You probably moved to a new city for that new damn job which has great pay but doesn’t come with a pre-packaged box of new friends. Everyone thinks about this when considering a move out of their safe zone. Needless to say, I know how it feels to think about making new friends in a new place too. And, we’ve all been there. This is the hard truth for anyone in their “after-the-fun-twenties” time of their lives.
Or for those who made amazing friends in school or college, but then all of you happened to move to different states or countries. Summation of my early friendships. And honestly, as our lives evolve and as we grow, we will, at some point (probably) move physically too. Although making new friends can seem like a daunting and slightly impossible task, it is all about your approach to it. Let’s break this down real quick.
Q1. Why was it so easy to make friends in school or college?
There are multiple reasons for this question. For starters, when you were in your teens or early twenties, you hardly had any inhibitions. The world was your oyster. You were surrounded by people who were of similar age and maturity, and also probably lived close to you. It was easy to visit them. It felt safe (for most of us) to invite them home and subconsciously have them vetted by our parents. And you pretty much knew that they would probably be around for a few years and that is in itself was, comforting and a foundation to build that friendship.
Another reason why it’s easy to make friends when we are younger and pretty much physically stay put, is that you don’t have a lot of deep-seated beliefs or opinions. This makes you more open to connect with others, rather than judge them for a point of view that may be different than yours. You let things roll off more easily than you would now. Knowing this should help you open up to the possibility of being vulnerable enough to move onto “how”.
Q2. So, how am I going to make new friends?
We all know that we are a species that needs others. We rely on others for a lot. And research continues to show us why we need to have good friendships, as stated here by the Mayo Clinic. There are many options to meet people and start to make friends in new cities. We will explore a few here. However, what you should remember is that while it is important to be vulnerable and make new friends, do this for the right reasons. If you’re trying to make friends because you don’t like to be alone with yourself, that’s another situation and you can read about that in my post about being your own best friend. Also, with any suggestion, do your due diligence about your new acquaintance. Just because someone is nice at face value, doesn’t mean they can be trusted. With anything in life, trust but verify and also be cautious.
1. Online Apps
As much as we (and I’m talking for myself while in my 30s) want to hate on Social Media for all the negativity it’s brought into our lives, I think it deserves some credit too. It has definitely brought in a certain level of positivity into our lives too. So that’s where we are going to start. There are many apps out there to help you connect with people. Anything from joining hiking groups, to setting up a lunch with people you don’t know (in an effort to get to know them). While I am not a subscriber for these types of services anymore, I think if you are open to this, try it out. But also, be careful. Catfishing is not about fishing for cat.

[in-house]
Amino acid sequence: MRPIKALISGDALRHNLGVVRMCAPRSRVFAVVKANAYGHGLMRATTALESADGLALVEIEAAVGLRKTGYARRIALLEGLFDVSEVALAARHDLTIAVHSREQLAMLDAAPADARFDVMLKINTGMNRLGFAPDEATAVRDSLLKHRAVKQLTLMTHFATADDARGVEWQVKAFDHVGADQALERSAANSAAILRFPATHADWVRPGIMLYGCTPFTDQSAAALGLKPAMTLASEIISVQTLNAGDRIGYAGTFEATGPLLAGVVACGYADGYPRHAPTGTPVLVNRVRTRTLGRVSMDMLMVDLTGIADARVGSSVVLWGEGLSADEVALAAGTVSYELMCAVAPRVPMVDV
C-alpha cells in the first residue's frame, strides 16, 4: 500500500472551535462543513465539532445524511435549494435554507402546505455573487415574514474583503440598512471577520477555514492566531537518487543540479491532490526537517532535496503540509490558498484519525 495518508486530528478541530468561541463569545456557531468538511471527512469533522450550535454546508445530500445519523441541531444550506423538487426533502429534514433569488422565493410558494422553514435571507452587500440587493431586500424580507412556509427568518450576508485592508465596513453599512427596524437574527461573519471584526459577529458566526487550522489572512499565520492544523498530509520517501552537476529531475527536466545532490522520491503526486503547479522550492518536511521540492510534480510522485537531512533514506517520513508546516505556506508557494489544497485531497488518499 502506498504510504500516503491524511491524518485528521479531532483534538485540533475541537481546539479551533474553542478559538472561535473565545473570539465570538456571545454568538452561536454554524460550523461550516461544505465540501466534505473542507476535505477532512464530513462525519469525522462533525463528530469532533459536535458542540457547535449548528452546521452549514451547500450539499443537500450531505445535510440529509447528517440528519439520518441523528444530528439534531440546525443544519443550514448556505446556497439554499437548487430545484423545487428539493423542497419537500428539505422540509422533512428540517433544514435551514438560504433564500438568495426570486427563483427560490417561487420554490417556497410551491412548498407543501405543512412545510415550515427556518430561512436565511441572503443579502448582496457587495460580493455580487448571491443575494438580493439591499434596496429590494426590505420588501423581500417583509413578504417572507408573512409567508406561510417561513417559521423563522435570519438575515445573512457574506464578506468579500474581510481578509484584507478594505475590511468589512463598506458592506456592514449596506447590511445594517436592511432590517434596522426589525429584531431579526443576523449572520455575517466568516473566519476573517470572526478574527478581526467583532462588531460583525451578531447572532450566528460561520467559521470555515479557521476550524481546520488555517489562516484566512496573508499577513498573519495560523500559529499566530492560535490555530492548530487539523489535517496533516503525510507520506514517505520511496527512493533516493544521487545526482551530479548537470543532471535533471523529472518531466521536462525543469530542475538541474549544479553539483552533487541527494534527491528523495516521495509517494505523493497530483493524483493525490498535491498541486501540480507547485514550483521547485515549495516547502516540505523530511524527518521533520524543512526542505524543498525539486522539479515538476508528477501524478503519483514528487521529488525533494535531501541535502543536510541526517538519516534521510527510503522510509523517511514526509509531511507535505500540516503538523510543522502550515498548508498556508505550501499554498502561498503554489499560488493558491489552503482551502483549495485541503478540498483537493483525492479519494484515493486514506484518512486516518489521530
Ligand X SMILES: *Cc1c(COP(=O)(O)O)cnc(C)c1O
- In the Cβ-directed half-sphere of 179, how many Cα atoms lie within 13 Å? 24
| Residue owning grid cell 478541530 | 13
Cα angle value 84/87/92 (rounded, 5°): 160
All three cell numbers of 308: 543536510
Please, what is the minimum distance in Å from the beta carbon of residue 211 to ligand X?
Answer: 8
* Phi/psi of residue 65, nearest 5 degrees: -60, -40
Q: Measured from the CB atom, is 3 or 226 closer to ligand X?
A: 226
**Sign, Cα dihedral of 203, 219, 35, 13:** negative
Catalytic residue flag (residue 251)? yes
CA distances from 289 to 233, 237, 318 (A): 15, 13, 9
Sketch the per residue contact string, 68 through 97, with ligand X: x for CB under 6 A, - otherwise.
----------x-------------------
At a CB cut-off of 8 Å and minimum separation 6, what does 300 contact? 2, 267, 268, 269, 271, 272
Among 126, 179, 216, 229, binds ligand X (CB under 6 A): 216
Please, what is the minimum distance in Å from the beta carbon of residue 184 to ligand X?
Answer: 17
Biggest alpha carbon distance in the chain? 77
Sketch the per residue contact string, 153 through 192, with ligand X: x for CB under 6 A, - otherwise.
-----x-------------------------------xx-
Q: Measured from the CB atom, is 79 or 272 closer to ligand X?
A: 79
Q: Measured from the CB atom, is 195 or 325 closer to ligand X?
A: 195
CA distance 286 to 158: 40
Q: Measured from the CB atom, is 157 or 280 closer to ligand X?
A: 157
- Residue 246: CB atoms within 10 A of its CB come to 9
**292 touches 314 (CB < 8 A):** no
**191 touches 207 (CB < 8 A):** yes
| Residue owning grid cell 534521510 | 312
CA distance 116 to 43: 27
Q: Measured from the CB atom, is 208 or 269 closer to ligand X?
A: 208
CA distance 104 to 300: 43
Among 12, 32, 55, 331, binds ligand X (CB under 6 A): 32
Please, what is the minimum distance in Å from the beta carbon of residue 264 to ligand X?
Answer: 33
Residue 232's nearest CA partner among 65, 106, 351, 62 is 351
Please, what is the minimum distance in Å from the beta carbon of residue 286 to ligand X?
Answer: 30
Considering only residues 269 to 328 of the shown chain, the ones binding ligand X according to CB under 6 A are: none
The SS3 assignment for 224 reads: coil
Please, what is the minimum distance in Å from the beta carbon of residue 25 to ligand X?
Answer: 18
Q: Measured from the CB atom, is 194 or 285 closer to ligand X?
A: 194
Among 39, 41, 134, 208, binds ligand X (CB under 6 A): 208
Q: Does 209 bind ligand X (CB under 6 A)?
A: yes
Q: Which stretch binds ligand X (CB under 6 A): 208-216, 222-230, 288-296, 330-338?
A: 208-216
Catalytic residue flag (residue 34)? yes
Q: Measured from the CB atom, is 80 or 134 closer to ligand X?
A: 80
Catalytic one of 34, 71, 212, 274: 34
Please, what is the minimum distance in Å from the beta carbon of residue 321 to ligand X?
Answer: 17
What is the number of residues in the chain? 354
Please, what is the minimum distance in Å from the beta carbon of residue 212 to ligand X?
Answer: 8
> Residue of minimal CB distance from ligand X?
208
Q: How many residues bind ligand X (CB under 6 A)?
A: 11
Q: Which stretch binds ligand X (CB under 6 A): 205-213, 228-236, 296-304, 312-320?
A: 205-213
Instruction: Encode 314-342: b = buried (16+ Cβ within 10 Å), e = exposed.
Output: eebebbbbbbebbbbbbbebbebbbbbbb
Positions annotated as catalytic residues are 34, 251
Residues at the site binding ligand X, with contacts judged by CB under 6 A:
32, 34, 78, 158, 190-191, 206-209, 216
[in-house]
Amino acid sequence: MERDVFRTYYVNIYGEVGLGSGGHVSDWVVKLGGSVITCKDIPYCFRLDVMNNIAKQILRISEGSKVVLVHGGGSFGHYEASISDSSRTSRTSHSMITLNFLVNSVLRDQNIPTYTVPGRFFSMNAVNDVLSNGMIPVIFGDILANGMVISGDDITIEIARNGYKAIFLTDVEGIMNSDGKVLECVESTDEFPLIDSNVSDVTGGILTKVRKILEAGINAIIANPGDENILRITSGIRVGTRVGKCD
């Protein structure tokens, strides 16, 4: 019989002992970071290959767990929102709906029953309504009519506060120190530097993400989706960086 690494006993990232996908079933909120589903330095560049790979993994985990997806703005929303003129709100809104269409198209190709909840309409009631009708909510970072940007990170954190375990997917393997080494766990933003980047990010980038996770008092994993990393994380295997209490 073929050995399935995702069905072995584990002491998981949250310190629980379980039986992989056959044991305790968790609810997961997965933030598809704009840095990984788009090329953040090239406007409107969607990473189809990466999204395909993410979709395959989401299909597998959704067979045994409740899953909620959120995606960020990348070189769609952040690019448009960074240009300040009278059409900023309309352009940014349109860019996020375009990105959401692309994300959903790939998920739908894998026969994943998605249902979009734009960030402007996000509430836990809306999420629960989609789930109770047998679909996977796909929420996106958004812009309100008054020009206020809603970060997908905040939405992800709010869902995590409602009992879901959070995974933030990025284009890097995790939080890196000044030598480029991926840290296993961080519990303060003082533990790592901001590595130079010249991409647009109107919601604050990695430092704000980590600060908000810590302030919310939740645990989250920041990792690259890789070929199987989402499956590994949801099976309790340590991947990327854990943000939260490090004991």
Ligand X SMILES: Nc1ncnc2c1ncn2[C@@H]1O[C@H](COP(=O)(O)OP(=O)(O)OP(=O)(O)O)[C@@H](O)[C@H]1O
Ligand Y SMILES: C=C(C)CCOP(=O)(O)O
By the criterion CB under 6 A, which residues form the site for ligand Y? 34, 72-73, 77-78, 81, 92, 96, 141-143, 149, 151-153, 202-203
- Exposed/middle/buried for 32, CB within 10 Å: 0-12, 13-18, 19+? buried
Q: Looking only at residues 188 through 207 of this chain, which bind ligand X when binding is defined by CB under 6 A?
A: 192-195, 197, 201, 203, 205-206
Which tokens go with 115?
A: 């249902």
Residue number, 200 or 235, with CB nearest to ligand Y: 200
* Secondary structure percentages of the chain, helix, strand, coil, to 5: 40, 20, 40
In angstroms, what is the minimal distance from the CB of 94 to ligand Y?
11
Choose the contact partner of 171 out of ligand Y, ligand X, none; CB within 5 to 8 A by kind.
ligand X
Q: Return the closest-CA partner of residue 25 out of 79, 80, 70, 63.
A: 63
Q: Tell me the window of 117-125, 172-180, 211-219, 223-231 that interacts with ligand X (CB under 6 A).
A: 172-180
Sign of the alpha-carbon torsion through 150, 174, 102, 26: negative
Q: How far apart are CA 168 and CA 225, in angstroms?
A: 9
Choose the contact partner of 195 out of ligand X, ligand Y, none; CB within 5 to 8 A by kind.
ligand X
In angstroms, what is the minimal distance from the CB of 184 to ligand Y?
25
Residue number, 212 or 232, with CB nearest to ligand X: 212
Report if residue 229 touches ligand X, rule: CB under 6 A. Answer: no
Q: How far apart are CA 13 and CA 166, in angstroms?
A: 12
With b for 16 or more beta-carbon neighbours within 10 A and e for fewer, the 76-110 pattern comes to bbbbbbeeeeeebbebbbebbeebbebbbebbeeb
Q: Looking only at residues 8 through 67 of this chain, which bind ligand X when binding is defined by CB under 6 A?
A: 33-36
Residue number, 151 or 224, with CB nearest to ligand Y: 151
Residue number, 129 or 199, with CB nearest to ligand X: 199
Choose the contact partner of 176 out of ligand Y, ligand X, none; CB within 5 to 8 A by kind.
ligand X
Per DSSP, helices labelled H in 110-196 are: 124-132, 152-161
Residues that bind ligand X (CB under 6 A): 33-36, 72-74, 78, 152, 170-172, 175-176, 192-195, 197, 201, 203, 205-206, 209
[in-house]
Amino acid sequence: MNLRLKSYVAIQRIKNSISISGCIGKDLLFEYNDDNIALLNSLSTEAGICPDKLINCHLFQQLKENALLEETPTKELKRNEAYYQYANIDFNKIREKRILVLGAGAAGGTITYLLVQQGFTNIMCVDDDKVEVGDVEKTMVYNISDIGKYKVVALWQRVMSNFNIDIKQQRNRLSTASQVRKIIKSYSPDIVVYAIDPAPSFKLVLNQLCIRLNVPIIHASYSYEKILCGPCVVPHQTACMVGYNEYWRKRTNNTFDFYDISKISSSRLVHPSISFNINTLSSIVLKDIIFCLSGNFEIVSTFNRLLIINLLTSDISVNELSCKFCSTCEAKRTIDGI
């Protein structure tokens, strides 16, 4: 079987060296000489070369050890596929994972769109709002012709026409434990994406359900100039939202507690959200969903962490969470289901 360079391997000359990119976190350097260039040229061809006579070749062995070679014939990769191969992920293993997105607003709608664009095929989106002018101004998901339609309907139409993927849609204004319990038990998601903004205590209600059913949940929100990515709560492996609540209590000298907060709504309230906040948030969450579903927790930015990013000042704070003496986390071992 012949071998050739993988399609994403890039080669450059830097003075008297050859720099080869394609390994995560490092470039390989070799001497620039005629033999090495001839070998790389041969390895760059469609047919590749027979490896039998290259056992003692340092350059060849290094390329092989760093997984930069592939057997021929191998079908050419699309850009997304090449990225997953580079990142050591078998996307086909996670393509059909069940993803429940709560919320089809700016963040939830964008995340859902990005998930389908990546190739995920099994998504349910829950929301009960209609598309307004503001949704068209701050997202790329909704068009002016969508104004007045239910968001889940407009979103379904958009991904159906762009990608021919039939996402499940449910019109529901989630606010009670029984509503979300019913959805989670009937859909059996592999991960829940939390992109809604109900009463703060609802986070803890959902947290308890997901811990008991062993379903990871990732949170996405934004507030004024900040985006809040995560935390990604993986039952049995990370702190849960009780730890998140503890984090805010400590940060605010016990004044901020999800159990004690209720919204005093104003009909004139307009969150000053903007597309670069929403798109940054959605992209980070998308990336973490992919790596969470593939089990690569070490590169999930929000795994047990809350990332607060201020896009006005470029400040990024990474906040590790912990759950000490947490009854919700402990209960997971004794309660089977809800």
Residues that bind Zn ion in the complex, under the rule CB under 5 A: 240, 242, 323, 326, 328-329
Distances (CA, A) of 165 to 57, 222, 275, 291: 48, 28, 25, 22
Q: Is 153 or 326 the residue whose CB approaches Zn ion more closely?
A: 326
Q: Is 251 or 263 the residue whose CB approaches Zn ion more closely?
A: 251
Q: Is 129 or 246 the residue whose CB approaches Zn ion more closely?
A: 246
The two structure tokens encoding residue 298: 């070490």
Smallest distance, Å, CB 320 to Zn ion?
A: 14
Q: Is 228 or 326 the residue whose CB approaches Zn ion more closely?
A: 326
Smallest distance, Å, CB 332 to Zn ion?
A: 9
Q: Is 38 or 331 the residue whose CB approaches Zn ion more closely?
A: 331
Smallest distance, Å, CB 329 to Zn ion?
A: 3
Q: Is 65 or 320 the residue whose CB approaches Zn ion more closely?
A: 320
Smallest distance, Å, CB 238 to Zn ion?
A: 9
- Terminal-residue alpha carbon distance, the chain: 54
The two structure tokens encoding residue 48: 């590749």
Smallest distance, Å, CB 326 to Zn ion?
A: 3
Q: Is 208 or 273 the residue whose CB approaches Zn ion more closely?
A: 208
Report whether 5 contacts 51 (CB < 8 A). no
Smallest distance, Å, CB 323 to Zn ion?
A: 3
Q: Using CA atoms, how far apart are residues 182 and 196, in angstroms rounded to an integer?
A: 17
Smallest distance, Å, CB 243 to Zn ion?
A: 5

2. Community Events
If you stop for a bit and look around you you’ll find a ton of community events happening around you. From your apartment complex, to your local grocer (umm yea, Whole Foods has a entire calendar of events you can attend), and to your fave coffee shop. All these places will have some events posted up somewhere. Look out for these events and attend a few that you are comfortable with. If you are an introvert, tell yourself that you will make the effort to step out of your comfort zone once a month. And give yourself the authority to leave anything that makes you feel uncomfortable. But, at least you would have tried.
3. Religious Events
If you are part of your Church, Temple, etc., they undoubtedly have events that you could attend. These are usually free and if you have already seen and maybe smiled at a few during service/mass, then that will put you at ease and probably make you more inclined to go. This is also a safer way to meet new friends since people in the religious community are connected and can help you vet someone if the time comes.
4. Office Events
So like I said at the beginning, you may have moved for a new job. Or, maybe not. Either way, your office or coworkers will probably have lunches or happy hours and that is definitely something you should attend. It’s a sure way to make trusted friends, because like in school/college, these co-workers are probably of a similar mindset and you can easily relate to them. I made two of my best friends this way.
5. Old to New Connections
If you have a friend who knows someone in the city you just moved to, ask them to connect you. Again, this is an easier way to connect to someone in a new city without having to fear the worst about new people. Your old friend would already have vetted this person so you are in a very safe zone.
There are a ton of other ways to meet new people in a new city and form lasting friendships. However, you have to do this for the right reasons – meaning you want lasting friendships and it’s not just a numbers gain that you flash on Facebook. I know people who are proud of the 1000+ “friends” they have. We all know that is a load of bs. True friends are few and far in-between. While you are trying to make new friends, your intention should also be to make these meaningful and lasting friendships. For the more you put in, the more you get.
What ways have you tried to make friends in your new or current city? Share below!
Featured photo courtesy of unsplash.com